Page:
Quote:
Quote:
On (2): Can we ask Hibernate to assign object IDs on instantiation? (I'm presuming the answer is no; I've never heard of such a feature.)

No, thats not possible - how should Hibernate know when you create a new object.

Well, obviously we'd have to call some hook -- something like:
Code:
session.getNextId(getClass());

But the first solution seems preferable to me.


Top
 Profile  
 
 Post subject:
PostPosted: Thu Feb 19, 2004 4:50 pm 
Hibernate Team
Hibernate Team

Joined: Mon Aug 25, 2003 9:11 pm
Posts: 4592
Location: Switzerland
You only need to implement equals()/hashCode() on your persistent classes if

- it is a used as a composite primary key class

- instances of that class, loaded in different Hibernate Sessions, are in the same Set (or should be compared)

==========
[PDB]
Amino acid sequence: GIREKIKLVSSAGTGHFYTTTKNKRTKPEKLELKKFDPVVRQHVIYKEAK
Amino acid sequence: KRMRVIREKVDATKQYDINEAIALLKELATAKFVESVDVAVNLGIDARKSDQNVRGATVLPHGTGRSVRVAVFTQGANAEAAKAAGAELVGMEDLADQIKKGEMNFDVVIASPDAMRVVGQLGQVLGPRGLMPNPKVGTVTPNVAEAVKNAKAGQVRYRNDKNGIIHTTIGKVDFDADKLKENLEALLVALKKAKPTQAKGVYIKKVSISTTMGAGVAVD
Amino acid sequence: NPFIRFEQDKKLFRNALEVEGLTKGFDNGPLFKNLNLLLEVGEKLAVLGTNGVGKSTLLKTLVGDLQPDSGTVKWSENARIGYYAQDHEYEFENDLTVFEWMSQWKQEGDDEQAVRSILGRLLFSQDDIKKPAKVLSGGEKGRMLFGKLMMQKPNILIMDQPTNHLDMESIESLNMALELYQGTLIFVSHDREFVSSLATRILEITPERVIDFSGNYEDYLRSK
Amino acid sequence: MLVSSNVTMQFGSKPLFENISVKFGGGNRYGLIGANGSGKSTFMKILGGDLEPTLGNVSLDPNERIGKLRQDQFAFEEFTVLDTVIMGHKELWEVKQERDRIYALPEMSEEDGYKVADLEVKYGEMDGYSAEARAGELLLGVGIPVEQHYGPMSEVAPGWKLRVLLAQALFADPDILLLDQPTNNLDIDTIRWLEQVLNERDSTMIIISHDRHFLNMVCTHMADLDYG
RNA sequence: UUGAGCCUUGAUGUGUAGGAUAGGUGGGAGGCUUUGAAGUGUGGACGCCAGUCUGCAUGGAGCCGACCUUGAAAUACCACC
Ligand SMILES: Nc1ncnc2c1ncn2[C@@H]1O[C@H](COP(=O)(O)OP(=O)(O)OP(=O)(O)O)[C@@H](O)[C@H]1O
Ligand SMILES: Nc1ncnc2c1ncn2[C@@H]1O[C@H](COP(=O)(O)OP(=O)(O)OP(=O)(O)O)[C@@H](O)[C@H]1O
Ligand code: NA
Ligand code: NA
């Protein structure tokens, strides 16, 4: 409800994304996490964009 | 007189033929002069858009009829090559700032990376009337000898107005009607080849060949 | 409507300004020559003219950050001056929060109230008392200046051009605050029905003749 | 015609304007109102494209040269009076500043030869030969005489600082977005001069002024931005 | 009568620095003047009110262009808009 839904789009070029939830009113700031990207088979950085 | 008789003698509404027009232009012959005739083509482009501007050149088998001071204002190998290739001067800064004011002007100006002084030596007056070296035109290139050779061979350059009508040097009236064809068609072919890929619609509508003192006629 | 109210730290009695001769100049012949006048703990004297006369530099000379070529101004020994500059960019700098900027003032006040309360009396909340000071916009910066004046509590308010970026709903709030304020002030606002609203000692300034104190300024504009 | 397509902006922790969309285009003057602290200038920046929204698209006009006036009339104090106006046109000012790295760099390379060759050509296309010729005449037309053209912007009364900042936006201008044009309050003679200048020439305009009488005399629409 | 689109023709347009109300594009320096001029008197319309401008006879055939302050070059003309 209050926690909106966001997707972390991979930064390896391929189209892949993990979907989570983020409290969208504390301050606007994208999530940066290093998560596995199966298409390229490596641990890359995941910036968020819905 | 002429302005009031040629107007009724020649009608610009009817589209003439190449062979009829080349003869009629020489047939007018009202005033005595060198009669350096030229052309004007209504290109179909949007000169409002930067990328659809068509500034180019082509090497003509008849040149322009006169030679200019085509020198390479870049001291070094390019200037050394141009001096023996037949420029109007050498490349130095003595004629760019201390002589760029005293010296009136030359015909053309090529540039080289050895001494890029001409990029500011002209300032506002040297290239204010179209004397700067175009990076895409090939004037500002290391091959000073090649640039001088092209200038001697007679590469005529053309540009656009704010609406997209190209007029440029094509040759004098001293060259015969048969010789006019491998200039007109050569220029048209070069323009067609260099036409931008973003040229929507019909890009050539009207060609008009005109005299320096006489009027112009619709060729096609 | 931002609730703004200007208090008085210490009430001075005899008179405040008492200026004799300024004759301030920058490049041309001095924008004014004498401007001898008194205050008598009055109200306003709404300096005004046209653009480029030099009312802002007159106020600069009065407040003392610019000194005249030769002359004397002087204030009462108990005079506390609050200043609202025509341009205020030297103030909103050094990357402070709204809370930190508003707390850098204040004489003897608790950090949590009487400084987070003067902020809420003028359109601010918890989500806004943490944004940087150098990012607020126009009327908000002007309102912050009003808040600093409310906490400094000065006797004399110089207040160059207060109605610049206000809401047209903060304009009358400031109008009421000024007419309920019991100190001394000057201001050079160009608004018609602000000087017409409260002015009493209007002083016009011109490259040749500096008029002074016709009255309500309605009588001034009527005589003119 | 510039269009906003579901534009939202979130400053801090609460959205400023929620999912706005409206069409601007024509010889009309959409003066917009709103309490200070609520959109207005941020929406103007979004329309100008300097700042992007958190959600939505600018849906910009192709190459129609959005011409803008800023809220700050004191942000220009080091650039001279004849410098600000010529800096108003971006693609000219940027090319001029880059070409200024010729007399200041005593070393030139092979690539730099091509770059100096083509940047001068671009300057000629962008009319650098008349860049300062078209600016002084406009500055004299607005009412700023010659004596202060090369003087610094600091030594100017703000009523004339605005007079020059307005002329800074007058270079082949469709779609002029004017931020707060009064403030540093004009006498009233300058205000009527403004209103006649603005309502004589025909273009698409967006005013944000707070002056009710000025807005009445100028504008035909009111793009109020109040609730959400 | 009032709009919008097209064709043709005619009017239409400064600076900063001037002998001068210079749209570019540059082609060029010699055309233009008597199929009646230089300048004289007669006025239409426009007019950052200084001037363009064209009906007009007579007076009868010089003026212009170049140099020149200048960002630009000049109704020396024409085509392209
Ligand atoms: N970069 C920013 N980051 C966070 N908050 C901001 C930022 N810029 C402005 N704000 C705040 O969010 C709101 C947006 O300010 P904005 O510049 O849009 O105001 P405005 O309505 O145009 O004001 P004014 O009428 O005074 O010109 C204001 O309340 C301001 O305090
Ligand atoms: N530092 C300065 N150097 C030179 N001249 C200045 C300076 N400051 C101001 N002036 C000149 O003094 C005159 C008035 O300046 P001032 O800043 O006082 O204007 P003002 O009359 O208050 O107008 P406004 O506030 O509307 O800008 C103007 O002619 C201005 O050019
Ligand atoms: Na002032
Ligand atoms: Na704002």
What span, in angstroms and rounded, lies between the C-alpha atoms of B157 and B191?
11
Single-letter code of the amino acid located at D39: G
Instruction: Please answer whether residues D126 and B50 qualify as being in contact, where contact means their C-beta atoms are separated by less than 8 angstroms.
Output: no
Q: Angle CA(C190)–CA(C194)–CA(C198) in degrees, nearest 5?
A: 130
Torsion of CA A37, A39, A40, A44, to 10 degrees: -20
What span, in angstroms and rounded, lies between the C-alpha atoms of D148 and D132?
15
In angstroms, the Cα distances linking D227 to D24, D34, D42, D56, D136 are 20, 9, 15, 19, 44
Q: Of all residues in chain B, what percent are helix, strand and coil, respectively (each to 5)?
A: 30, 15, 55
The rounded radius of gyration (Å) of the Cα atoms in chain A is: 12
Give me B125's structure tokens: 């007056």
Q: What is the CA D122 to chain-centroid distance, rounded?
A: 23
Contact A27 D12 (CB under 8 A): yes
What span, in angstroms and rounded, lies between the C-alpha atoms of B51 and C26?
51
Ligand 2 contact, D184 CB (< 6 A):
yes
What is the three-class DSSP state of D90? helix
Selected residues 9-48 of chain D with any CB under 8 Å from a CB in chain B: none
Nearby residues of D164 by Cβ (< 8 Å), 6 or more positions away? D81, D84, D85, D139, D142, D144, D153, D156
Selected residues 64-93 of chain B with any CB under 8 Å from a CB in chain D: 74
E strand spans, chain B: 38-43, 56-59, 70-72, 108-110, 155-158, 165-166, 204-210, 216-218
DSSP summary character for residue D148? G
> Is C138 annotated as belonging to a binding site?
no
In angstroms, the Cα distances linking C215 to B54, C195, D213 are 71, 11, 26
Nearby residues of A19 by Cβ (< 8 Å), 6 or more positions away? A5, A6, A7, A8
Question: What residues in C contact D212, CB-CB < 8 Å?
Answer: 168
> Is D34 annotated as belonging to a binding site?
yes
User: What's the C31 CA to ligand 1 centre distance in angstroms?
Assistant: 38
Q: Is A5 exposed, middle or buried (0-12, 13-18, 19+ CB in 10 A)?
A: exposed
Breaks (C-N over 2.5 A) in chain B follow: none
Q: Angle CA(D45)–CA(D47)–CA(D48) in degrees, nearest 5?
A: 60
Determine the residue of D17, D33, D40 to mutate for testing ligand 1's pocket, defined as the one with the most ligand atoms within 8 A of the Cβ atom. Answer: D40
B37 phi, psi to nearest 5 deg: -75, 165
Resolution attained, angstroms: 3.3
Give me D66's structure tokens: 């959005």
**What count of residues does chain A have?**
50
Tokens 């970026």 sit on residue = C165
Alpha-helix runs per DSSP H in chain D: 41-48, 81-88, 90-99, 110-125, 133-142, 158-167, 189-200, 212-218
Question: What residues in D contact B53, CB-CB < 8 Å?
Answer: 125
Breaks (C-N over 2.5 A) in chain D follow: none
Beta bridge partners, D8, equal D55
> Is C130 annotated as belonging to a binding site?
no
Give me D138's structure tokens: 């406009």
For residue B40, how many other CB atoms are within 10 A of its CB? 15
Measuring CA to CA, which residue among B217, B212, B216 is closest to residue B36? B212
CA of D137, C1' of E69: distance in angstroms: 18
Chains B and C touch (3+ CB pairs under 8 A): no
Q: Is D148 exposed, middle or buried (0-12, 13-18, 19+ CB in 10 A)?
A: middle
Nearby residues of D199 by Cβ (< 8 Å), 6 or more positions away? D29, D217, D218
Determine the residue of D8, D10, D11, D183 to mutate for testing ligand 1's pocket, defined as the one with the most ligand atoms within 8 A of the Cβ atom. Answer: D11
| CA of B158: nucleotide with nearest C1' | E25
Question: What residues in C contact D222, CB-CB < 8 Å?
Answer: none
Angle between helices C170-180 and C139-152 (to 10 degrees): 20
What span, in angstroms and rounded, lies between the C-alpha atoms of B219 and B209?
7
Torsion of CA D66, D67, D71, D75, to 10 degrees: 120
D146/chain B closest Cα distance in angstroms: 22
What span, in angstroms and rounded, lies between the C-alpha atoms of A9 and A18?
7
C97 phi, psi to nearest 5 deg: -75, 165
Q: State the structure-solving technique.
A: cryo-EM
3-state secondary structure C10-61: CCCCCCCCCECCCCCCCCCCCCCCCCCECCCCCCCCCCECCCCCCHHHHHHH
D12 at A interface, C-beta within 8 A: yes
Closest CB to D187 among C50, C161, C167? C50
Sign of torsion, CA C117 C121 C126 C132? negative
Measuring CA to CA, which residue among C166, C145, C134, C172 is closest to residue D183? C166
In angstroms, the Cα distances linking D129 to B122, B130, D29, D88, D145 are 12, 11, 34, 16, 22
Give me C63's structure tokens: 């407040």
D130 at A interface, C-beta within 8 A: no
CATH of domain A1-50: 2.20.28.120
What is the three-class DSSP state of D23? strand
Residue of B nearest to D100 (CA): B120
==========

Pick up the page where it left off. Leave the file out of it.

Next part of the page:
You don't need it if your Session's never share data. Remember that a Session is a single unit-of-work, a short scope. This also explains your problem with the persistent identifer for an implementation of equals()/hashCode(). The persistent identifier has the same scope as a persistent object, that is: as long as an instance is associated with a Session, i.e. it starts with session.save(o) and it ends with session.close().

Yes, we had recommended the usage of a persistent identifier for equals()/hashCode() at some point, but I think we always had some hints about this problem on the same page. We no longer use this approach (for obvious reasons) at all and I'd like to know if we missed some sentences somewhere.

_________________
JAVA PERSISTENCE WITH HIBERNATE
http://jpwh.org
Get the book, training, and consulting for your Hibernate team.


Top
 Profile  
 
 Post subject:
PostPosted: Thu Feb 19, 2004 4:51 pm 
Hibernate Team
Hibernate Team

Joined: Mon Aug 25, 2003 9:11 pm
Posts: 4592
Location: Switzerland
The global (second level) cache handles this transparently, it is a cache of data, not actual persistent instances (this is the first level Session cache).

_________________
JAVA PERSISTENCE WITH HIBERNATE
http://jpwh.org
Get the book, training, and consulting for your Hibernate team.